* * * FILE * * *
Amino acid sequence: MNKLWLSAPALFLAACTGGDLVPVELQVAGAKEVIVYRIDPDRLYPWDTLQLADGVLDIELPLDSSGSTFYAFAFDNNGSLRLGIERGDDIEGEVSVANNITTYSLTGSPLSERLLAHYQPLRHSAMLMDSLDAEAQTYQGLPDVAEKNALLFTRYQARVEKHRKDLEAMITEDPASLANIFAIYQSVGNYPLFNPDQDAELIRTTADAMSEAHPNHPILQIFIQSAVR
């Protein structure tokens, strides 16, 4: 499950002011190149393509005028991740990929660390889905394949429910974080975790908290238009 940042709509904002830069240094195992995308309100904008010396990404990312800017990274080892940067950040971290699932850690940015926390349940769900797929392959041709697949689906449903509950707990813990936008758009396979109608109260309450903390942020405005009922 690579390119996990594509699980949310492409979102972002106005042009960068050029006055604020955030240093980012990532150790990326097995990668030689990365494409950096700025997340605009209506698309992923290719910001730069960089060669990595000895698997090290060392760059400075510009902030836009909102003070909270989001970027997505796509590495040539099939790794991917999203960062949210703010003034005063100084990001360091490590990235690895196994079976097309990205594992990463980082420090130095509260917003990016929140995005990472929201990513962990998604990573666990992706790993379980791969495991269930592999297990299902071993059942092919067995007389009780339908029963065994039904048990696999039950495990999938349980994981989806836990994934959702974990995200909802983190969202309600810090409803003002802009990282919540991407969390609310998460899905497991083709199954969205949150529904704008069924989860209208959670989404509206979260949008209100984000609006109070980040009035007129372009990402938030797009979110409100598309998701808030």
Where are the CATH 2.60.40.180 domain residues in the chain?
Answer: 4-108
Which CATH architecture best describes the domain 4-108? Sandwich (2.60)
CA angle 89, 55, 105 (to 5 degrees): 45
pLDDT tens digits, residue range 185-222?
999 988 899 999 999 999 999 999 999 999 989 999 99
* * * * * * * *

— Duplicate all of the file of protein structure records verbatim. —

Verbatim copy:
Amino acid sequence: MNKLWLSAPALFLAACTGGDLVPVELQVAGAKEVIVYRIDPDRLYPWDTLQLADGVLDIELPLDSSGSTFYAFAFDNNGSLRLGIERGDDIEGEVSVANNITTYSLTGSPLSERLLAHYQPLRHSAMLMDSLDAEAQTYQGLPDVAEKNALLFTRYQARVEKHRKDLEAMITEDPASLANIFAIYQSVGNYPLFNPDQDAELIRTTADAMSEAHPNHPILQIFIQSAVR
């Protein structure tokens, strides 16, 4: 499950002011190149393509005028991740990929660390889905394949429910974080975790908290238009 940042709509904002830069240094195992995308309100904008010396990404990312800017990274080892940067950040971290699932850690940015926390349940769900797929392959041709697949689906449903509950707990813990936008758009396979109608109260309450903390942020405005009922 690579390119996990594509699980949310492409979102972002106005042009960068050029006055604020955030240093980012990532150790990326097995990668030689990365494409950096700025997340605009209506698309992923290719910001730069960089060669990595000895698997090290060392760059400075510009902030836009909102003070909270989001970027997505796509590495040539099939790794991917999203960062949210703010003034005063100084990001360091490590990235690895196994079976097309990205594992990463980082420090130095509260917003990016929140995005990472929201990513962990998604990573666990992706790993379980791969495991269930592999297990299902071993059942092919067995007389009780339908029963065994039904048990696999039950495990999938349980994981989806836990994934959702974990995200909802983190969202309600810090409803003002802009990282919540991407969390609310998460899905497991083709199954969205949150529904704008069924989860209208959670989404509206979260949008209100984000609006109070980040009035007129372009990402938030797009979110409100598309998701808030």
Where are the CATH 2.60.40.180 domain residues in the chain?
Answer: 4-108
Which CATH architecture best describes the domain 4-108? Sandwich (2.60)
CA angle 89, 55, 105 (to 5 degrees): 45
pLDDT tens digits, residue range 185-222?
999 988 899 999 999 999 999 999 999 999 989 999 99